Hacking versus Coding

For reasons well beyond my imagination, there are people that assume that if you have a skillset that includes coding, you are automatically qualified to be a hacker. On the less common side of that coin, people assume that if you are a hacker, then you would only need a few minutes to turn out a new Android app for them. Granted there can be some overlap between these skill sets, but these are actually different areas of study that generally lead to very different careers. The misconception makes both occupations more difficult.
From my perspective, all hackers really should have a solid foundation in coding. In this current era, if you aspire to be a cybercriminal then you should at least have a foundation in C, and you should be highly functional in Python. And really, how can you get anything done without a web presence these days? So HTML5 is a must, as is PHP. And then you have to put your data somewhere, so SQL is pretty much essential to any hacking endeavor. I don’t see how you could get anything done without a thorough understanding of TCP/IP and general networking either. I mean you can still be a hacker and just not be a very good one, but these are the skillsets that I believe are essential to doing well at the job. Personally I’d add graphic design and electronics in there as well, the more skills the better.
What makes a successful hacker is multiple disciplines in many technologies. These are the resources that allow you to see exploits that others do not. That is the difference between a coder and a hacker. You can be a really good coder, and only really excel in ASP.Net, but you aren’t getting through any corporate firewalls with that resume.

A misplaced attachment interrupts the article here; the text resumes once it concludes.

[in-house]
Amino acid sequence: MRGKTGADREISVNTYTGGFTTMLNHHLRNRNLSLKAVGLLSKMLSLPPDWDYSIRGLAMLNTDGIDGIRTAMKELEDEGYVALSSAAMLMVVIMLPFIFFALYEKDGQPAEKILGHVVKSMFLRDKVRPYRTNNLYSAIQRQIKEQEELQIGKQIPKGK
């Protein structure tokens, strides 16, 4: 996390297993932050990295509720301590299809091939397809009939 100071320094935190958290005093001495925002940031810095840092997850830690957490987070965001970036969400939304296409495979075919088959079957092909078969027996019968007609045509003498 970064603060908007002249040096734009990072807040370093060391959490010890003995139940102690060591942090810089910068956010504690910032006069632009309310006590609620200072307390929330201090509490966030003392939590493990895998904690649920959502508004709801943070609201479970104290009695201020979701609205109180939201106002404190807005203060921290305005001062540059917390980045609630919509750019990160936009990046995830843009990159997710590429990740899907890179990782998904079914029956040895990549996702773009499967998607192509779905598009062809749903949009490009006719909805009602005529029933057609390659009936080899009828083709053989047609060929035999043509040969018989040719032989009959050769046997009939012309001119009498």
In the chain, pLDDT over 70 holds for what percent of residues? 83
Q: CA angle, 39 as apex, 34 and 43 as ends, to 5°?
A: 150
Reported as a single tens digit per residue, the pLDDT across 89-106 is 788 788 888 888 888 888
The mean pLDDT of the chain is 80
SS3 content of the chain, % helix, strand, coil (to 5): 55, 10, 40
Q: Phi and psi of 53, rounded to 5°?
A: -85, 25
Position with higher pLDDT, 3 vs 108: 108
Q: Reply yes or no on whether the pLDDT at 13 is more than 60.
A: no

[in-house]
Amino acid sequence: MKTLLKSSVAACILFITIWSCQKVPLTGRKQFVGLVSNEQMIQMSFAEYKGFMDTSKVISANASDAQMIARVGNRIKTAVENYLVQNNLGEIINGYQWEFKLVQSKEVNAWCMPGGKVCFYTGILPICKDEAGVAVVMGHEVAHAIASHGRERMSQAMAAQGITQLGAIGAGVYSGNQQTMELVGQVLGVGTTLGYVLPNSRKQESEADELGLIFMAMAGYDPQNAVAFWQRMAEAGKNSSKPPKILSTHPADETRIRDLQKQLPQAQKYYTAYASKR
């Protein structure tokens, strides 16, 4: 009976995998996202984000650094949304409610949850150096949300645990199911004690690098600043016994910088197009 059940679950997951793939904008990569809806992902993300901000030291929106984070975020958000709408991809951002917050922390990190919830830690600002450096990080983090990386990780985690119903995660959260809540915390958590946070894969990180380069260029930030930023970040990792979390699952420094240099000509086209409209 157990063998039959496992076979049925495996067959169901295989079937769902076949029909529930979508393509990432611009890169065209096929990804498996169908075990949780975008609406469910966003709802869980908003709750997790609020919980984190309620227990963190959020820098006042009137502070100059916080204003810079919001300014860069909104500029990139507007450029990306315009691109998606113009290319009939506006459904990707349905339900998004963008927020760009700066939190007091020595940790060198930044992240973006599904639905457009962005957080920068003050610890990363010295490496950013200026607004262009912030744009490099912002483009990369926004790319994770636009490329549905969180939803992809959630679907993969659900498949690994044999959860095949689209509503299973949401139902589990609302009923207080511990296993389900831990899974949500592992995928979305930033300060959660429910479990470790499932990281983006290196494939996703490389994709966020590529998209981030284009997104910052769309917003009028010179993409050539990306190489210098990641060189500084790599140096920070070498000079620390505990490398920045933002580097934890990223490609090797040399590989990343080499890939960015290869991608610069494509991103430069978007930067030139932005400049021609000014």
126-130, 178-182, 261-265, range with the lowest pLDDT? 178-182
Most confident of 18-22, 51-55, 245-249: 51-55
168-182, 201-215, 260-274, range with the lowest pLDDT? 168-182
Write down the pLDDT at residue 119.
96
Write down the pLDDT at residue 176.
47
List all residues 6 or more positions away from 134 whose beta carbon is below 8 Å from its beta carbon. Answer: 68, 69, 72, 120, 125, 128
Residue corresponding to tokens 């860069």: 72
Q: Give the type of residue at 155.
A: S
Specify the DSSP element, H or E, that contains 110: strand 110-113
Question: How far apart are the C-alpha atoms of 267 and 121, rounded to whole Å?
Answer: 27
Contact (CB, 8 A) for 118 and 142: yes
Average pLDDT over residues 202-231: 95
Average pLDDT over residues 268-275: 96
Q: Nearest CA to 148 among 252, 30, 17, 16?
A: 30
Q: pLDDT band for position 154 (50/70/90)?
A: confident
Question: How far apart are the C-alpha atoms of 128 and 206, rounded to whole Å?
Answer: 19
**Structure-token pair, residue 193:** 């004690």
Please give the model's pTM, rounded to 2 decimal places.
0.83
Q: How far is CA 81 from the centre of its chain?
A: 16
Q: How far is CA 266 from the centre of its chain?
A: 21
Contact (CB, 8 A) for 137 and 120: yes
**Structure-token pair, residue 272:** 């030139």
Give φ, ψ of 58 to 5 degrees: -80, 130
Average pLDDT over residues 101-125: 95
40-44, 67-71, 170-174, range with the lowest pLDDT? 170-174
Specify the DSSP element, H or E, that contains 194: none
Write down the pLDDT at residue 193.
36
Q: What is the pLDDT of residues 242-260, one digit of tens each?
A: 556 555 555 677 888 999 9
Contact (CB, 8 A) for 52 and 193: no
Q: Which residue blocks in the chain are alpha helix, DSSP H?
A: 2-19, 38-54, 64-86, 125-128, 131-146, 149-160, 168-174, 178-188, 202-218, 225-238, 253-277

Beyond the obvious skills above, there are guys that specialize in cracking software titles, and those are hackers in my book too. And then there are the pure telecom guys, and the WiFi/RF guys that are deep into the electronic side of the equation. Those skillsets count too. But that doesn’t mean any of them can, or would be interested in, writing you an app for your phone. Nor does it mean that they can or would want to make a website for you.
The problem is that to the non-technical, all the technical stuff is basically the same. They just don’t understand how vast the world of technology is and the fact that there are hundreds of programming languages, and thousands of tools used in the industry. You lose n00bs fast when you start talking about diverse Computer Science subjects, but there isn’t a good minimum point of entry for someone with a litany of advanced skillsets to introduce whole subjects of science to a neophyte. I mean, what’s a polite way for me to tell someone “…read this stack of books here…and then I can answer your question in a way that you will understand it…”